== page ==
Hundreds of thousands of devices are affected by the recall. Worse, the underlying problem may not be exclusive to St. Jude Medical.
Early depletion of lithium batteries in some St. Jude Medical implantable cardioverter defibrillators has resulted in two patient deaths and prompted a recall by the company.
The batteries can run out within 24 hours of the devices' low-battery alert, according to a company statement. The actual number of devices with premature battery depletion is unknown, according to FDA and St. Jude Medical, but a total 349,852 affected devices remain actively implanted worldwide.
Investor jitters over lithium batteries not only affected St. Jude Medical's stock but also competitors Medtronic and Boston Scientific--as well as Abbott Laboratories, which is in the process of acquiring St. Jude for $25 billion. Although all four companies' stock were down by a few percentage points on Tuesday, a St. Jude spokeswoman said the company does not expect the advisory to have a financial impact on the company.
The problem that occurred with the batteries in the St. Jude devices could occur with any lithium batteries used in such high-voltage medical devices, according to Avi Fischer, MD, St. Jude's medical director and vice president of global education. The batteries provide charges to the devices' capacitors, which deliver the high-voltage shocks that bring a patient's heart to normal rhythms. The chemical reaction that occurs results in the formation of lithium particles that can deposit in a location that causes a short circuit, explained Fischer, who is also an electrophysiologist.
"It's a byproduct, if you will, of the battery performing its high-voltage charging function," Fischer said. "And it's not exclusive to St. Jude Medical."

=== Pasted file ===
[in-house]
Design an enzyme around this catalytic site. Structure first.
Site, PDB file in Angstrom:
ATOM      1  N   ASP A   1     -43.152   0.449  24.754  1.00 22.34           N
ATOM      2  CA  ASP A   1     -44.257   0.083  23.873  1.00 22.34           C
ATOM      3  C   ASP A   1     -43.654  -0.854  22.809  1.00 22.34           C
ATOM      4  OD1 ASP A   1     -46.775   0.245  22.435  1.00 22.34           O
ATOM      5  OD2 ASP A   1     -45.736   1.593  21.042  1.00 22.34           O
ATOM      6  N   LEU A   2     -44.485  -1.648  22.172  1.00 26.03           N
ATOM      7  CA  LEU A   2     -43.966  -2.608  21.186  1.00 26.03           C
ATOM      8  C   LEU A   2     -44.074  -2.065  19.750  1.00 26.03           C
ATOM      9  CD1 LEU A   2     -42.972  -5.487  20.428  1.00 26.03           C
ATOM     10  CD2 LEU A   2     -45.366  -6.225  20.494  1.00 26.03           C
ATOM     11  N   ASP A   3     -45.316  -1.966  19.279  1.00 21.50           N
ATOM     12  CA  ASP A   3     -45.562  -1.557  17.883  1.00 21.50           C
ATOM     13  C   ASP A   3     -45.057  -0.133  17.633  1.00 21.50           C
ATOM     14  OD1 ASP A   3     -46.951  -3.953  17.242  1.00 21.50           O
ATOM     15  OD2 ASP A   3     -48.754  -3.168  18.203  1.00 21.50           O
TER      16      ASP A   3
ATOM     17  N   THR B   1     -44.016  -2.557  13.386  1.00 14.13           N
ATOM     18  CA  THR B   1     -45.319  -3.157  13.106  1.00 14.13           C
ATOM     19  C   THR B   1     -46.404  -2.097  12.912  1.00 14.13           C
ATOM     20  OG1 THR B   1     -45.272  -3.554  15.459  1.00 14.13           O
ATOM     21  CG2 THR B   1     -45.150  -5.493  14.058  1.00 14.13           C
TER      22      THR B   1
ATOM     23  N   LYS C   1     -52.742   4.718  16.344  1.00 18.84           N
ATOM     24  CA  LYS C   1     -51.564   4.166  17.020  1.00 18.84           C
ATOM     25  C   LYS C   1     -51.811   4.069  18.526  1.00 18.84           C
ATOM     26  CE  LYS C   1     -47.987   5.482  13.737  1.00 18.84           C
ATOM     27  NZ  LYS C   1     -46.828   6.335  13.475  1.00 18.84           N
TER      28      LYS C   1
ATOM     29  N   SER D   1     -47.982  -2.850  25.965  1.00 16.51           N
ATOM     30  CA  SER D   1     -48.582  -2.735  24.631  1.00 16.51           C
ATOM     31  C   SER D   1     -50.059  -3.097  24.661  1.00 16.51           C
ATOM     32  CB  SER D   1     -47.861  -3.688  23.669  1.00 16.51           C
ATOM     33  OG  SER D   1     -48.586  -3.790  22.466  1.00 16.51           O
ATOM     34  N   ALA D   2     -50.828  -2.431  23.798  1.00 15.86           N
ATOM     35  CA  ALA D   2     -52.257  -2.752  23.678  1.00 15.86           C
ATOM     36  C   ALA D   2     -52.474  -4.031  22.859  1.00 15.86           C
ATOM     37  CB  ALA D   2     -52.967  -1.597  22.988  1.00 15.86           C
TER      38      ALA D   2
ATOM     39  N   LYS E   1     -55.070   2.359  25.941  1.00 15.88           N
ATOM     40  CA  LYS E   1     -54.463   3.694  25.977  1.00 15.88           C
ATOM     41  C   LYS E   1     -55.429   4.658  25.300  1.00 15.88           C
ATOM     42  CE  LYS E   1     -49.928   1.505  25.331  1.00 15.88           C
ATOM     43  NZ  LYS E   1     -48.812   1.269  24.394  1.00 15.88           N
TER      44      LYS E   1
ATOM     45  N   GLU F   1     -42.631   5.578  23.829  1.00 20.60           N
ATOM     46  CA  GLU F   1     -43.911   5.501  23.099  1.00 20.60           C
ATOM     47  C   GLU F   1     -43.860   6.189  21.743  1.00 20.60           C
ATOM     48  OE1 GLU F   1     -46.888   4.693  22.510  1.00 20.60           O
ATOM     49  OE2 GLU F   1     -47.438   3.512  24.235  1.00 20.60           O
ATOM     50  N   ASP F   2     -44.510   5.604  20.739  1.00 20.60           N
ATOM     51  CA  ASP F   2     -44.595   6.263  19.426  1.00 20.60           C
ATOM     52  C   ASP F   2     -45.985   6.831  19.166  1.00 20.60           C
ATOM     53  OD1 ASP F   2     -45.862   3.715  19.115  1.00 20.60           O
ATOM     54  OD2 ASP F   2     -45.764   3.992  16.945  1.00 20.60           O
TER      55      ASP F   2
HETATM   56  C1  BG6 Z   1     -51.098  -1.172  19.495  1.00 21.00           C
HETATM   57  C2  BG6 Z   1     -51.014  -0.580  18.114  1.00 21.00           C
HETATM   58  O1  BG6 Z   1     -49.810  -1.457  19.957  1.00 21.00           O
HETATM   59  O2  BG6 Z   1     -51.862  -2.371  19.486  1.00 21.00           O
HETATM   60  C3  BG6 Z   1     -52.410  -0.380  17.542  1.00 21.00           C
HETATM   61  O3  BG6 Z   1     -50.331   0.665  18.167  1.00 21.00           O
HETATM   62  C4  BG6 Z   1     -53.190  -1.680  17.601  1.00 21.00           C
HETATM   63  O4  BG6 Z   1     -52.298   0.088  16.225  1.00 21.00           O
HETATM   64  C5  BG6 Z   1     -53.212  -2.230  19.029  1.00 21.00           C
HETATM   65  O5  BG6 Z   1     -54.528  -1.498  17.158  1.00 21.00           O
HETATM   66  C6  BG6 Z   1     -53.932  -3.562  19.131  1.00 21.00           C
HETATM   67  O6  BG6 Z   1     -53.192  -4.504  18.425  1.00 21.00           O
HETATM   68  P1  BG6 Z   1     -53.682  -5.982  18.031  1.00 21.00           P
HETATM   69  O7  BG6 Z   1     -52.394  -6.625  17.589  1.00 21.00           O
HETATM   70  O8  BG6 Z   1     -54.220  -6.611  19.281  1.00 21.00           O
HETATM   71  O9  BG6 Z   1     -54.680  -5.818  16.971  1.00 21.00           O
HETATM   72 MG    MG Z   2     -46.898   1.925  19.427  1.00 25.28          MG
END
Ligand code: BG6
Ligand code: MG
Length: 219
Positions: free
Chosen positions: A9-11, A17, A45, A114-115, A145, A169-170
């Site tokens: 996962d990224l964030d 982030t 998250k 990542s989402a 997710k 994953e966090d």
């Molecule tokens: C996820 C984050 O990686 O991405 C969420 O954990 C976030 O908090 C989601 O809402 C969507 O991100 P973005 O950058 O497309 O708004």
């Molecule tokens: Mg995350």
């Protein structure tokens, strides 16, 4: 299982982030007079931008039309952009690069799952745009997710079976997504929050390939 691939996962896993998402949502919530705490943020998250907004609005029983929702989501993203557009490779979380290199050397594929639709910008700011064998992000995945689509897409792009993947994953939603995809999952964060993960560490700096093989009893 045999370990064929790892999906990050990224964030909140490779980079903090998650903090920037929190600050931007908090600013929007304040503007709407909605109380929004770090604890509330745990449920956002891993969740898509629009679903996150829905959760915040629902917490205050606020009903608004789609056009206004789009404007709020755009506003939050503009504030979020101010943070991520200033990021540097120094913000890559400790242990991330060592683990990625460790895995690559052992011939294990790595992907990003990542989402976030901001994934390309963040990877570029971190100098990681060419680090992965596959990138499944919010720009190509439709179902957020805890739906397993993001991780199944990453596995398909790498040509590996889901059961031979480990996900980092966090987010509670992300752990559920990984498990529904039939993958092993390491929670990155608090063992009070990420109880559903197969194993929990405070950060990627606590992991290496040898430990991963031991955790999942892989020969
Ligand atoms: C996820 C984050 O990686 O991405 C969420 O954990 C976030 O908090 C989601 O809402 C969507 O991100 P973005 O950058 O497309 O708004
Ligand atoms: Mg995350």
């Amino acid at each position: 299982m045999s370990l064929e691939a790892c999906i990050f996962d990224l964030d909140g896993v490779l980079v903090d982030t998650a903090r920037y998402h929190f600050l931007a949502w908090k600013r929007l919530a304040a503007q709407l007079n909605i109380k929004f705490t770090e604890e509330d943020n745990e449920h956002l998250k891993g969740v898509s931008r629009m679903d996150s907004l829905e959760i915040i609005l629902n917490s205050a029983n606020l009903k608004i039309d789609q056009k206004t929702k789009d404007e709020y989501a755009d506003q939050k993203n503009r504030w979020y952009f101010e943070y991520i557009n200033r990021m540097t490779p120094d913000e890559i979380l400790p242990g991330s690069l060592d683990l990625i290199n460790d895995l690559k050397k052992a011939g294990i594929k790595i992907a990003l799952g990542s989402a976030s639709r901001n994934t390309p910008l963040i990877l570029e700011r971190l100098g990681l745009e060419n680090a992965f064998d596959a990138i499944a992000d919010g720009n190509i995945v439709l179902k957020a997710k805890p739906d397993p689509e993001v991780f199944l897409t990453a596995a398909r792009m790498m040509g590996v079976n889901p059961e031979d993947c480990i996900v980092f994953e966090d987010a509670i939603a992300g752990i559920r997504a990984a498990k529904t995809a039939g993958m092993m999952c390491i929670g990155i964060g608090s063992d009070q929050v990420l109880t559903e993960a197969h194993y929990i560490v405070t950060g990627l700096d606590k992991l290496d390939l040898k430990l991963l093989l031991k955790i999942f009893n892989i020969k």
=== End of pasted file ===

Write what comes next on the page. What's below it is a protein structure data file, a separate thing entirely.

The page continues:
|Find out more about connected medical device innovation at BIOMEDevice San Jose, December 7-8, 2016.|
Medtronic was still learning about the St. Jude recall through news reports and could not comment further, except to say that Medtronic uses different lithium batteries than St. Jude Medical.
A Boston Scientific spokesperson told Qmed's fellow UBM medical device news website MD+DI that Boston Sci made improvements to its ICD battery in March 2013 to avoid lithium clusters and associated premature battery depletion. With older ICD's, Boston Sci officials are confident about the device safety architecture, which includes accelerated battery depletion alerts for physicians and patients.
St. Jude officials declined to identify the company's battery manufacturer.
FDA and St. Jude issued an alert to patients, caregivers, and physicians, asking them to respond immediately to elective replacement indicator alerts. "Due to problems with these batteries, patients do not have the normal 3-month lead time for device replacement. Some batteries have run out within 24 hours of the patient receiving an ERI alert," says an FDA statement.
The St. Jude devices are designed to vibrate when the battery is nearing depletion. Patients should always contact their physician immediately when they experience the vibratory alert, the company added. Premature battery depletion can be detected during doctor office visits and through remote monitoring.
St. Jude called the early battery depletion a "rare occurrence" (0.21%) with the ICD and CRT-D devices, which were manufactured before May 23, 2015. Devices affected by the recall include St. Jude's Fortify VR, Fortify ST VR, Fortify Assura VR, Fortify Assura ST VR, Fortify DR, Fortify ST DR, Fortify Assura DR, Fortify Assura ST DR, Unify, Unify Quadra, Unify Assura, Quadra Assura, and Quadra Assura MP.
ICDs and CRT-Ds are both implanted under the skin in the upper chest area with leads that go into the heart. Patients need an ICD or CRT-D if their heart beat is to0 slow (bradycardia), too fast (tachycardia), or needs coordination to treat heart failure.
Nancy Crotti is a contributor to Qmed.
Like what you're reading? Subscribe to our daily e-newsletter.
[Image of Fortify VR courtesy of St. Jude Medical]